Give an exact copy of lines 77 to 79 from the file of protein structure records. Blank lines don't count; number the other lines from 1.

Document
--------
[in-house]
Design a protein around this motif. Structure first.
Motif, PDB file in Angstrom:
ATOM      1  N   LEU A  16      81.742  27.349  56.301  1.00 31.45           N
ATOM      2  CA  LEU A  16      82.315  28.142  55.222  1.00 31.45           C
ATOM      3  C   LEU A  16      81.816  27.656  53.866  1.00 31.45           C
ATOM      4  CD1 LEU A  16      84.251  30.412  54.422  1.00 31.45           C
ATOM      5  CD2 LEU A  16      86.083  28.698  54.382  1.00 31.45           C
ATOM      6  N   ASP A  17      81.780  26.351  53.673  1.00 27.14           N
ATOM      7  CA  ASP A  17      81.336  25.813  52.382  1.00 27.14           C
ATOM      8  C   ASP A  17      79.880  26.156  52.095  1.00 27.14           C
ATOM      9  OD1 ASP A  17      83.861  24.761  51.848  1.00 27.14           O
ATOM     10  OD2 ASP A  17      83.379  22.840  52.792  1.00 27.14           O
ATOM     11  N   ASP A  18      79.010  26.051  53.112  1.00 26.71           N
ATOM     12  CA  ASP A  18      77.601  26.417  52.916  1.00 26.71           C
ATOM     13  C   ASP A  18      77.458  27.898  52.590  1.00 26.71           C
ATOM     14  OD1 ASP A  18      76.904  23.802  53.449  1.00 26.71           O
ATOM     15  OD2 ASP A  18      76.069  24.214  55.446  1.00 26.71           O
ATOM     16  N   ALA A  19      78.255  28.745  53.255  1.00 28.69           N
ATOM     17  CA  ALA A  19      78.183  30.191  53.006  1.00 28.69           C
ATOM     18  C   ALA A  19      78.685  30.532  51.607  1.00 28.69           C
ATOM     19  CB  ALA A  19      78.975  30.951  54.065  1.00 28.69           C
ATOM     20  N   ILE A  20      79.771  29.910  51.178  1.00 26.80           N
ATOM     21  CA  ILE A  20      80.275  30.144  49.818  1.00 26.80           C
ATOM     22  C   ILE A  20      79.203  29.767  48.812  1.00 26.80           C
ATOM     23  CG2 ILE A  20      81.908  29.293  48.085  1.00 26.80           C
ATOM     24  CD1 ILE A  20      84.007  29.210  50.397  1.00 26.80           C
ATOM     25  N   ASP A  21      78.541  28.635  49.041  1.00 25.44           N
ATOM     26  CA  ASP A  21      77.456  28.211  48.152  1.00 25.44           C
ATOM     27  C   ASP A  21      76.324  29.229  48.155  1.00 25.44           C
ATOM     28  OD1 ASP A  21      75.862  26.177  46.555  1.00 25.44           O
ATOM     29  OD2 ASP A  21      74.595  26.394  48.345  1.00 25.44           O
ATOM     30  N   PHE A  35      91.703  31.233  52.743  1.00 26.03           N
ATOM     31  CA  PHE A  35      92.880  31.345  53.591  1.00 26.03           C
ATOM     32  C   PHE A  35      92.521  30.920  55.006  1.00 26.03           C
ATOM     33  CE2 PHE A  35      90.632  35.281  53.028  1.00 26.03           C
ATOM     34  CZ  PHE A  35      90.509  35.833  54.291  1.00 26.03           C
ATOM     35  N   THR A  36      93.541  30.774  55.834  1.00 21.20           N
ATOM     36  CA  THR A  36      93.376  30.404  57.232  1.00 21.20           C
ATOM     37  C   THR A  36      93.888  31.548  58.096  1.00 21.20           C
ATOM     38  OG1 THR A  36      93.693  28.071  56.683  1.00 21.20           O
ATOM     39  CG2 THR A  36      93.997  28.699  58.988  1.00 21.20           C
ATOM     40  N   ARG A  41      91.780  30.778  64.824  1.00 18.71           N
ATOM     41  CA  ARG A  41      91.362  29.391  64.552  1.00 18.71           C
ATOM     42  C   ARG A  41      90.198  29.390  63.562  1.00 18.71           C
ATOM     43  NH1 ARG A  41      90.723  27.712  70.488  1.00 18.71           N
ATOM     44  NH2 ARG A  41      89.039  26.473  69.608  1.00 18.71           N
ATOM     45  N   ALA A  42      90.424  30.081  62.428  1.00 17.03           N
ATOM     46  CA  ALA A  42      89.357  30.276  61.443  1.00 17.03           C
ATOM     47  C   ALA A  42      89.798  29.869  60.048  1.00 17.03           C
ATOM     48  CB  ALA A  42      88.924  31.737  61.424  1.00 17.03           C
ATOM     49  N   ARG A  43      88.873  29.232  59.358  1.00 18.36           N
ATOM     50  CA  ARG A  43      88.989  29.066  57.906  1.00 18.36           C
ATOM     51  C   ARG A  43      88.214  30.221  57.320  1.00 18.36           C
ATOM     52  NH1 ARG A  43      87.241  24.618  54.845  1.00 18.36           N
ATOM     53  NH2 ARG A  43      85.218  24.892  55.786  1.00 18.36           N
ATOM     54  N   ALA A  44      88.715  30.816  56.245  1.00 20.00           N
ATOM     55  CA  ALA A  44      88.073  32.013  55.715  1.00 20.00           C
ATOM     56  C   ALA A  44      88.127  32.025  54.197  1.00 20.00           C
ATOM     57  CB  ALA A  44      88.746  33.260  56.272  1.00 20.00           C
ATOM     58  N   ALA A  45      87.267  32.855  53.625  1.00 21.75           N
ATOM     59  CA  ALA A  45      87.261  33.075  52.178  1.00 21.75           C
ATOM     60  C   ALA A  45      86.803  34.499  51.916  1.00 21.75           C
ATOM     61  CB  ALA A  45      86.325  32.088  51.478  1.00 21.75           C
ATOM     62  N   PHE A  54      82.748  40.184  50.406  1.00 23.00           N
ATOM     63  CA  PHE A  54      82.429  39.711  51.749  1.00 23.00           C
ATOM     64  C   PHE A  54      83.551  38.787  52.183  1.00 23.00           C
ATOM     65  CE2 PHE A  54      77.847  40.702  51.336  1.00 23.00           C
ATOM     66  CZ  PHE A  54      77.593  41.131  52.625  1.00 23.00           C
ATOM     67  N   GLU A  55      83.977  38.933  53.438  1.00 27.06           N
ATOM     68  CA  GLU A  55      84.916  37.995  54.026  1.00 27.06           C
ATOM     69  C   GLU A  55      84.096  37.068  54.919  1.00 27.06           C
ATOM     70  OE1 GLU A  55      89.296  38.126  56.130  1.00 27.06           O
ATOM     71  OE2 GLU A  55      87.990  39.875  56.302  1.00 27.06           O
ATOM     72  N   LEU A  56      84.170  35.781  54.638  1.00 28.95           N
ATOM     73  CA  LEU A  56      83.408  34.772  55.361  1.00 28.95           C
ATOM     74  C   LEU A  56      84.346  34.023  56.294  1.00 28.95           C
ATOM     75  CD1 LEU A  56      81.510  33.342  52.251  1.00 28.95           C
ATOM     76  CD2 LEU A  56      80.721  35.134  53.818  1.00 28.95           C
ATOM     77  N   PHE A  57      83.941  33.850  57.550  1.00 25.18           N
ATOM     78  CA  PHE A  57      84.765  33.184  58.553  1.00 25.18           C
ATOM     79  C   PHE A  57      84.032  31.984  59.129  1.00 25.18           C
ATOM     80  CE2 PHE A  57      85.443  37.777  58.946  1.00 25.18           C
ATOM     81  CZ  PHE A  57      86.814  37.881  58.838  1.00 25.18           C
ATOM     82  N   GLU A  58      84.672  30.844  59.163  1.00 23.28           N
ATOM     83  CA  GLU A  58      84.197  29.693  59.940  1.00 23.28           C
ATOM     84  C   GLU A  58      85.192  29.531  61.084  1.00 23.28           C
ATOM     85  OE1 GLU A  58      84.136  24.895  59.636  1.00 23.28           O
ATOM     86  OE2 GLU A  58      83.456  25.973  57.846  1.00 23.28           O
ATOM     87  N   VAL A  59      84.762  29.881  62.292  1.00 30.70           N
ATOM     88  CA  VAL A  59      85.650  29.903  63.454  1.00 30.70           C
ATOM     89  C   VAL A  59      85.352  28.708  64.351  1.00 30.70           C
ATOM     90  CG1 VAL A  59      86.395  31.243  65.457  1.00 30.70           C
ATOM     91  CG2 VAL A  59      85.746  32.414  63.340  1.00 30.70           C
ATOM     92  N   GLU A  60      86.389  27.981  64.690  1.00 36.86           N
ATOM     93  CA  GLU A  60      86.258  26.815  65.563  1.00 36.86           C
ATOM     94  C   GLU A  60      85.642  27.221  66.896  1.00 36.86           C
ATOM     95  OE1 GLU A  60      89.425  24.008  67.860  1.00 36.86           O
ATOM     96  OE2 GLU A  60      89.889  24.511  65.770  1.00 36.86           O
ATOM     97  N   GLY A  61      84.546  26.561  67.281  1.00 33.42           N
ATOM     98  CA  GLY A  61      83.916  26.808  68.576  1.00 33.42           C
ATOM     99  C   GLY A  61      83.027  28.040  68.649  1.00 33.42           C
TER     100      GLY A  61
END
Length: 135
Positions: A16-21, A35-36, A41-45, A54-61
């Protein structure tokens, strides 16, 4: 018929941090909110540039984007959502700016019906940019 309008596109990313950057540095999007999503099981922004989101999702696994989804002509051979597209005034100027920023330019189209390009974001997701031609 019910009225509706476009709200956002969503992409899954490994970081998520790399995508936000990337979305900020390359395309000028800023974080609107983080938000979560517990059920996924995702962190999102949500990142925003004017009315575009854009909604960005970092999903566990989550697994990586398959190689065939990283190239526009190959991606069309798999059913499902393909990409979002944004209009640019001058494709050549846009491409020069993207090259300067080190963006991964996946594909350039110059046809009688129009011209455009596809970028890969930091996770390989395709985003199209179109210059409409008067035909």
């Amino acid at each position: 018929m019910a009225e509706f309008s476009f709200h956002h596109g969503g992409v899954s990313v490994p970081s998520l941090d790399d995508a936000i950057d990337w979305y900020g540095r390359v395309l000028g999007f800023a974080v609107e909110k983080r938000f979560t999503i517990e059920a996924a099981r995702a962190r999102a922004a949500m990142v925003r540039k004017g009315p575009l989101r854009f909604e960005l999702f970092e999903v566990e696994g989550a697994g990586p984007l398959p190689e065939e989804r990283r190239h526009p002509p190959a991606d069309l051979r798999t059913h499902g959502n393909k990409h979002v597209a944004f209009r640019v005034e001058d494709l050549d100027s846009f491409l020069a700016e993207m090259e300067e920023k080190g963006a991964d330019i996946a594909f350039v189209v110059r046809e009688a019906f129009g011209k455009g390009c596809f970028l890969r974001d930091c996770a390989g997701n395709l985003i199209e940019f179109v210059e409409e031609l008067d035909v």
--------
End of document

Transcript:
ATOM     74  C   LEU A  56      84.346  34.023  56.294  1.00 28.95           C
ATOM     75  CD1 LEU A  56      81.510  33.342  52.251  1.00 28.95           C
ATOM     76  CD2 LEU A  56      80.721  35.134  53.818  1.00 28.95           C